From a schoolgirl who fights plastic pollution to real-life heroines, 800 Indonesian women are telling stories to change beliefs about girls, the project's organiser said on Tuesday.
The Southeast Asian country has one of the world's highest numbers of child brides, with one in four girls wed before the age of 18, United Nations' figures show, as old-fashioned social attitudes persist despite recent economic advances.
From next month, the women will read a series of illustrated e-books to local boys and girls in a bid to smash stereotypes and male dominance in the world's most populous Muslim country.
"It will open their eyes to all the possibilities they can have as girls," said Morgan Belveal from the U.S.-based charity The Asia Foundation, which runs the project as part of its free, digital library for children in local languages.
"It starts a conversation in society that it is no longer acceptable that women are restricted to traditional roles," he told the Thomson Reuters Foundation by phone.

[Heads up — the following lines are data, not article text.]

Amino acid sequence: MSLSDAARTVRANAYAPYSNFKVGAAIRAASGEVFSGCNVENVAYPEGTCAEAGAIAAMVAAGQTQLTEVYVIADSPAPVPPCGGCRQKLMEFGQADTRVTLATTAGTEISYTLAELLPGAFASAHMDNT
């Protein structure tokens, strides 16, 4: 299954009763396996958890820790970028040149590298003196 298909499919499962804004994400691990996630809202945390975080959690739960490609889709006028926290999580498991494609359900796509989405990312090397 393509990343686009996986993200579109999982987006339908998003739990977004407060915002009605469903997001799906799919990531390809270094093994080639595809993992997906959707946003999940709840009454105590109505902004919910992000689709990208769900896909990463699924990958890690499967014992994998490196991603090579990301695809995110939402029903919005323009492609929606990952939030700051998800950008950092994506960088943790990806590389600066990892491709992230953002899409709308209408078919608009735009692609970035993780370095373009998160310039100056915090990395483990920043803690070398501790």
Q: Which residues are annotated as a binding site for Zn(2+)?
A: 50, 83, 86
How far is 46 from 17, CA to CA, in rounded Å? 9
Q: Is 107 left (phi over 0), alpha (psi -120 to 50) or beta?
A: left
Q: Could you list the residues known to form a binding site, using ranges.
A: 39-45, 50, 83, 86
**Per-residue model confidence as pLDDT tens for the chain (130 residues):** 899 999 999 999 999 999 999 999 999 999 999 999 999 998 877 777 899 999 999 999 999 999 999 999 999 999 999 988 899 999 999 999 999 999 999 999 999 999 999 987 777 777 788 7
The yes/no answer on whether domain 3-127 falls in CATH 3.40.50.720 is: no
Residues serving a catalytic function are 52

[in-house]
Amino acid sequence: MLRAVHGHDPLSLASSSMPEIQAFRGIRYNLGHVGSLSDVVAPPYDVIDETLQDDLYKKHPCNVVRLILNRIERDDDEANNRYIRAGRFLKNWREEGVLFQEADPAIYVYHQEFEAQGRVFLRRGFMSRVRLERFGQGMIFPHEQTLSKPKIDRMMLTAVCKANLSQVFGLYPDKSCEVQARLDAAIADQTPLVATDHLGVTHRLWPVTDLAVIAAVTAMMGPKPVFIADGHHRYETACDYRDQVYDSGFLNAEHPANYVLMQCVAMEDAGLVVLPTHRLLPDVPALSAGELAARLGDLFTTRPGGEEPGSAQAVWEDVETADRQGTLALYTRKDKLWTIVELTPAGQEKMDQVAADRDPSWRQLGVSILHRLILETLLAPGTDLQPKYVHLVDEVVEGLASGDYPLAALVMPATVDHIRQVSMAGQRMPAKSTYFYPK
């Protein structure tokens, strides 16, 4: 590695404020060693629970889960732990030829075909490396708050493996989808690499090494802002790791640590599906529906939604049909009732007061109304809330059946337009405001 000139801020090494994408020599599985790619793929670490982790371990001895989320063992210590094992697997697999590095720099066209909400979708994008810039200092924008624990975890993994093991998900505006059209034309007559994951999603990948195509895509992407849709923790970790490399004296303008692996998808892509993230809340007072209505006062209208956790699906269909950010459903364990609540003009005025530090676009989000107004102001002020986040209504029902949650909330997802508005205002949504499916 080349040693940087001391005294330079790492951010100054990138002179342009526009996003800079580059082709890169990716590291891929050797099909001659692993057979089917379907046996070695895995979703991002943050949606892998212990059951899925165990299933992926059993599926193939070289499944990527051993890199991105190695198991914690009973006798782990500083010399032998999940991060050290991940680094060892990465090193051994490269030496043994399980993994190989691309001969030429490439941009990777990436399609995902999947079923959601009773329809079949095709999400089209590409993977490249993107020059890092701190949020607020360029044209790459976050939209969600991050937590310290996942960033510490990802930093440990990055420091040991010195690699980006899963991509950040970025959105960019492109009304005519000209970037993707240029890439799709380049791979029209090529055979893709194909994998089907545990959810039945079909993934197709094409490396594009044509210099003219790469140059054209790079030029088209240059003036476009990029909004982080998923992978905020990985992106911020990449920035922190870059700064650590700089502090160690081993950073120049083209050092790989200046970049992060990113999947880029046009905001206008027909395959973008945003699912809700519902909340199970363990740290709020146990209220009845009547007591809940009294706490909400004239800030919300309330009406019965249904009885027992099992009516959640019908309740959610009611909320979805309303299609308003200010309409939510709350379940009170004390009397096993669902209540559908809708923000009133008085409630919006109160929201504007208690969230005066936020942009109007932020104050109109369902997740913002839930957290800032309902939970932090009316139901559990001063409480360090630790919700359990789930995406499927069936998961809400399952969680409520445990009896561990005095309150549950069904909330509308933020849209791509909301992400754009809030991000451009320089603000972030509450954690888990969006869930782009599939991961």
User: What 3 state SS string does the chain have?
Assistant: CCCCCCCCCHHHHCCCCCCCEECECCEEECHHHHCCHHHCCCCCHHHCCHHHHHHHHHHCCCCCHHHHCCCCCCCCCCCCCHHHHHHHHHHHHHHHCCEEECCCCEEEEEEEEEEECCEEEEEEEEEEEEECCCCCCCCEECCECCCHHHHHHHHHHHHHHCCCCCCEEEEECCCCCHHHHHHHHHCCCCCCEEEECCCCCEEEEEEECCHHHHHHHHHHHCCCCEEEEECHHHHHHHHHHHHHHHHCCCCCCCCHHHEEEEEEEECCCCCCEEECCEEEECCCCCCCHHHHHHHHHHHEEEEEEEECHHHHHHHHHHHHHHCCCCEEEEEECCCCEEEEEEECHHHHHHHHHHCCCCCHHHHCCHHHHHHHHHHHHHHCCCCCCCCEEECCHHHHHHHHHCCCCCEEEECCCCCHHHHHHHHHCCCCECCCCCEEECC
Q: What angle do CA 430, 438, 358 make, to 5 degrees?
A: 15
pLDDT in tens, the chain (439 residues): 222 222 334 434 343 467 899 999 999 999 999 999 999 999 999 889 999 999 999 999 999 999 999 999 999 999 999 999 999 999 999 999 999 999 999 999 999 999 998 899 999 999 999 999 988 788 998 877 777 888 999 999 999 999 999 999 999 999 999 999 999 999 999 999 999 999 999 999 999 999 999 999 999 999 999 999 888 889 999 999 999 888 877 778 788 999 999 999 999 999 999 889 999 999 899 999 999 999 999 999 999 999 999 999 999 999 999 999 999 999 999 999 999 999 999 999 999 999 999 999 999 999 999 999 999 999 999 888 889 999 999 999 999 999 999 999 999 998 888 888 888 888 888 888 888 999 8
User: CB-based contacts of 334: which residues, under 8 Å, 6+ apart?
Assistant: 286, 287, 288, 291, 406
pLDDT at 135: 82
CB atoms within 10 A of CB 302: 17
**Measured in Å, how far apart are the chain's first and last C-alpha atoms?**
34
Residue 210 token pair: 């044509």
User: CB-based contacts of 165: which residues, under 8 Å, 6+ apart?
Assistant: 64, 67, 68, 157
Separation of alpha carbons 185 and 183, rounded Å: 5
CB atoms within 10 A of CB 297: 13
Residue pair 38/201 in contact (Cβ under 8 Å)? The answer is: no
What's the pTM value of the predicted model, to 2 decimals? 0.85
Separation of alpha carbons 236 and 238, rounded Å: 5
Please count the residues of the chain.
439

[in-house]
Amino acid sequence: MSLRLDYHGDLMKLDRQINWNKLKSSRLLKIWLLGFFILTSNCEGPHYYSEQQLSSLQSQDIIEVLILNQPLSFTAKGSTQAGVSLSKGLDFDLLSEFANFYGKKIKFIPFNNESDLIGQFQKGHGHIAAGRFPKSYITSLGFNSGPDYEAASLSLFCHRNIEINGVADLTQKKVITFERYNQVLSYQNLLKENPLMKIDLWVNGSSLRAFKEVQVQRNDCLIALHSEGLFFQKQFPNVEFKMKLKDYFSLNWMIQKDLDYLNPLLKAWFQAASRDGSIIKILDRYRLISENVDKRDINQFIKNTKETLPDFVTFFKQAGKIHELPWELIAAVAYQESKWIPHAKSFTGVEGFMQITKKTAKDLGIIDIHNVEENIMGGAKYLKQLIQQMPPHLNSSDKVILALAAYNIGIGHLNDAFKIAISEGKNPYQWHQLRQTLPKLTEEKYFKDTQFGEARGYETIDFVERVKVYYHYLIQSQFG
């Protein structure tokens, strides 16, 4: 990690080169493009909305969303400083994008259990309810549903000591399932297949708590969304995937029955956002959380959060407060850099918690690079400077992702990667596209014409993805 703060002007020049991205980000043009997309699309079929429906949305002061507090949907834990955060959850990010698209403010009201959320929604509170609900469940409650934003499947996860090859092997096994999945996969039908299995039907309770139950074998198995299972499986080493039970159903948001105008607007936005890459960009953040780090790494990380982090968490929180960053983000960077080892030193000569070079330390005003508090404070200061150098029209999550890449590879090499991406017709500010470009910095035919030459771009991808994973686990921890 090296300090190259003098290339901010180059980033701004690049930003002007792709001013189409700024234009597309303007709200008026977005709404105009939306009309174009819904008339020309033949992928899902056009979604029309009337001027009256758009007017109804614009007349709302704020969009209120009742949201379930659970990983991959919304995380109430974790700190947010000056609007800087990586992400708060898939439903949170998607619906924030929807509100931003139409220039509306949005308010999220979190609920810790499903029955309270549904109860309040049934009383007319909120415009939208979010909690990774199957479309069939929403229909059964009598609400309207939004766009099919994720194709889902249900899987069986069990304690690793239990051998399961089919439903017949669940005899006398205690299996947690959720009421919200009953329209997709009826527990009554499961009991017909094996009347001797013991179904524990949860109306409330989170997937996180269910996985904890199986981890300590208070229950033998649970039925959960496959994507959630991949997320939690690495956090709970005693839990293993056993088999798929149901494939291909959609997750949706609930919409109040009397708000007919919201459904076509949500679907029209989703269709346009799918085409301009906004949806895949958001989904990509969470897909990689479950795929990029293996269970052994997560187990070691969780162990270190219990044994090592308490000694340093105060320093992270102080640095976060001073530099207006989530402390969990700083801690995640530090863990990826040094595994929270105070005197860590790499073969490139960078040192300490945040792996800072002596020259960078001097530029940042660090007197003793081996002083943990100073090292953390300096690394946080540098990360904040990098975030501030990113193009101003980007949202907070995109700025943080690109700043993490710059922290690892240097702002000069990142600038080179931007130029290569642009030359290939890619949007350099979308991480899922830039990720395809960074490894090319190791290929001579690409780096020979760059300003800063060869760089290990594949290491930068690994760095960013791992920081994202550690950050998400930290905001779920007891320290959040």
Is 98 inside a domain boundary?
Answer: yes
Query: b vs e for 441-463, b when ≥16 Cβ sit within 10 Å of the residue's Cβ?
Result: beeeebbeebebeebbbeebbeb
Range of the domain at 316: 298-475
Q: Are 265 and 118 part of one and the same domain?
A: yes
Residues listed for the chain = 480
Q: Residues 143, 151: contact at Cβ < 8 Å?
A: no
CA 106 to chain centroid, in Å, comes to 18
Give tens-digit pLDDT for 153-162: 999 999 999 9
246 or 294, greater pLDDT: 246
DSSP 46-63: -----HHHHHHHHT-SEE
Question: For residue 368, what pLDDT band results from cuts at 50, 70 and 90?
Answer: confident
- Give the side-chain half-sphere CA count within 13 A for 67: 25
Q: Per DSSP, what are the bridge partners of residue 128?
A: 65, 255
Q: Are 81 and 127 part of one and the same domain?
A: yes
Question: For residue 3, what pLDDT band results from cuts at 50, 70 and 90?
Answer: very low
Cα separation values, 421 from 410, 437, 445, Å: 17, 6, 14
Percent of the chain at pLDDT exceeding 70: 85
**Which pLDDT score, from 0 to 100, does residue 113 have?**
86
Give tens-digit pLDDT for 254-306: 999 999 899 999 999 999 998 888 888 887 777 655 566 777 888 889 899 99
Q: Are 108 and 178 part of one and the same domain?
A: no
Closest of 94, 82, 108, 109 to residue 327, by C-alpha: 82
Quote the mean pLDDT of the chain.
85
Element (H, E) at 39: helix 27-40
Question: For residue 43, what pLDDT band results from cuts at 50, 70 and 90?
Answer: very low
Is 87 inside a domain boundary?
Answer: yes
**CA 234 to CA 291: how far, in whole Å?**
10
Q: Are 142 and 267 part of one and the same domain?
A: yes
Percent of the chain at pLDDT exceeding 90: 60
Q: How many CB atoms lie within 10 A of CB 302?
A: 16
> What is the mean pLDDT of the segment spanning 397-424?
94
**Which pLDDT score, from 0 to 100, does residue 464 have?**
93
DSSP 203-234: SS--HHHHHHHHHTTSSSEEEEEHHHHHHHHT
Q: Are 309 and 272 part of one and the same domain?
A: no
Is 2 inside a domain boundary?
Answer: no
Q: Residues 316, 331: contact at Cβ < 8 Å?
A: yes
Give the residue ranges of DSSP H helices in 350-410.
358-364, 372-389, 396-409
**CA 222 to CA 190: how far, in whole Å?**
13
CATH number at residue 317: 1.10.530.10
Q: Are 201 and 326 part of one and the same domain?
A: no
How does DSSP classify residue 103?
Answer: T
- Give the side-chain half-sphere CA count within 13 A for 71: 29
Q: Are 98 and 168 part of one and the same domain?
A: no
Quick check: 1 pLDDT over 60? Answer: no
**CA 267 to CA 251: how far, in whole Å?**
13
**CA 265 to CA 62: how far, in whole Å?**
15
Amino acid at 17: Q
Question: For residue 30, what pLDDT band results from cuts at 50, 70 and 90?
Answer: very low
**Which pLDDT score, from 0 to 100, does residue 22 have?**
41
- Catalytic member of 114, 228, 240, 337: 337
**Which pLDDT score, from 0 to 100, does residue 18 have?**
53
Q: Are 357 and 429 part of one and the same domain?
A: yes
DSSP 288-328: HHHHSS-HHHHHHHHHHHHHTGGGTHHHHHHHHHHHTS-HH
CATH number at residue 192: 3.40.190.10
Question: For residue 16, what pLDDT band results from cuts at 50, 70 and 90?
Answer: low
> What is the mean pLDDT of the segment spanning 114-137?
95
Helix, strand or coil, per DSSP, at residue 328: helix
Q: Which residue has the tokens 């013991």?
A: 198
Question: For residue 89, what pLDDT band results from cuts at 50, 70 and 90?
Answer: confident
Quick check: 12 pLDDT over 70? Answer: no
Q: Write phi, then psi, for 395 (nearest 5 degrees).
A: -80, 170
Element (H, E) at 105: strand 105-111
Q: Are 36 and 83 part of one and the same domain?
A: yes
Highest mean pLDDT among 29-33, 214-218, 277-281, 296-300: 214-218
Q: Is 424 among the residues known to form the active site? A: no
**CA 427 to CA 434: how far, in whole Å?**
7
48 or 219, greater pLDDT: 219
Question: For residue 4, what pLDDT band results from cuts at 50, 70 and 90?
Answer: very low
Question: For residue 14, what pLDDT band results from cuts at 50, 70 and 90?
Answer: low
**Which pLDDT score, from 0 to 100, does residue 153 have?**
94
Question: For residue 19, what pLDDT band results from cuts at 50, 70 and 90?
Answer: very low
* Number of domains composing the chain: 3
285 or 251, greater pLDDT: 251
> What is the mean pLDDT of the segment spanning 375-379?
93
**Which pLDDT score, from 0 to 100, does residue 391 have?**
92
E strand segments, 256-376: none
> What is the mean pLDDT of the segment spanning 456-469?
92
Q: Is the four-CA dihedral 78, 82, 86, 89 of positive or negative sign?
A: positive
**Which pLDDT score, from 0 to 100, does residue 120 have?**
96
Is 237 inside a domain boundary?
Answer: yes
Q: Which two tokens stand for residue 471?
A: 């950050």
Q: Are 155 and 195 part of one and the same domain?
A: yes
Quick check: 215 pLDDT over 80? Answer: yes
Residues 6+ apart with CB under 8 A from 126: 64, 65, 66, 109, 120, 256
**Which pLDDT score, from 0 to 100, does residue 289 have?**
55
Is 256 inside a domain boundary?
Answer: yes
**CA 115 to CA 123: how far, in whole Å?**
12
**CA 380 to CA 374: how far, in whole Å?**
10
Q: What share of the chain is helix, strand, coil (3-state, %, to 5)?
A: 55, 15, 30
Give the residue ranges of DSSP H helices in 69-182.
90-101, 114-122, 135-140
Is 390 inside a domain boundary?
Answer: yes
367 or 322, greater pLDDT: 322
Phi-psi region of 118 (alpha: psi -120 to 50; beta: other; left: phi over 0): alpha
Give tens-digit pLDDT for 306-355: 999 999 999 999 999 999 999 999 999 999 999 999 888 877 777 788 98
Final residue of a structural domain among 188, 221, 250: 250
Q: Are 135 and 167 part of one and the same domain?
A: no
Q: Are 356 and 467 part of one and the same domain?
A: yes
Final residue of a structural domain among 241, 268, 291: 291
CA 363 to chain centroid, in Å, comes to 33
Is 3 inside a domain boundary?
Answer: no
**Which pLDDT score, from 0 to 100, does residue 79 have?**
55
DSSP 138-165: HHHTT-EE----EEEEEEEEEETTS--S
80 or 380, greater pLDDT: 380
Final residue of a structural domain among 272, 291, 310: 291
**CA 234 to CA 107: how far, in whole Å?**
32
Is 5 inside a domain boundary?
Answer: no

A 2017 government survey found one-third of Indonesian women have faced physical or sexual violence, with cases most common among those with higher education and in urban areas.
The books were written in collaboration with Asian writers and illustrators as part of an Asia-wide collection known as the "Mighty Girls", which features fictional and real-life stories, such as that of Indonesia's first female journalist.
Another tells the story of an Indonesian girl in the tourist island of Bali who is a student by day and a superheroine by night, tackling social issues like plastic waste.
"We don't have a lot of books with strong female characters in Indonesia," said Sofie Dewayani, an Indonesian author who will be among the 800 reading ambassadors.
"This will help us break the stereotypes about Indonesian women. There should be no boundaries for a woman to pursue her dreams," she said by phone from the Indonesian city of Bandung.
Indonesia was ranked 85 out of 149 countries in the World Economic Forum's 2018 Gender Gap Index, scoring poorly on women's educational attainment and economic participation.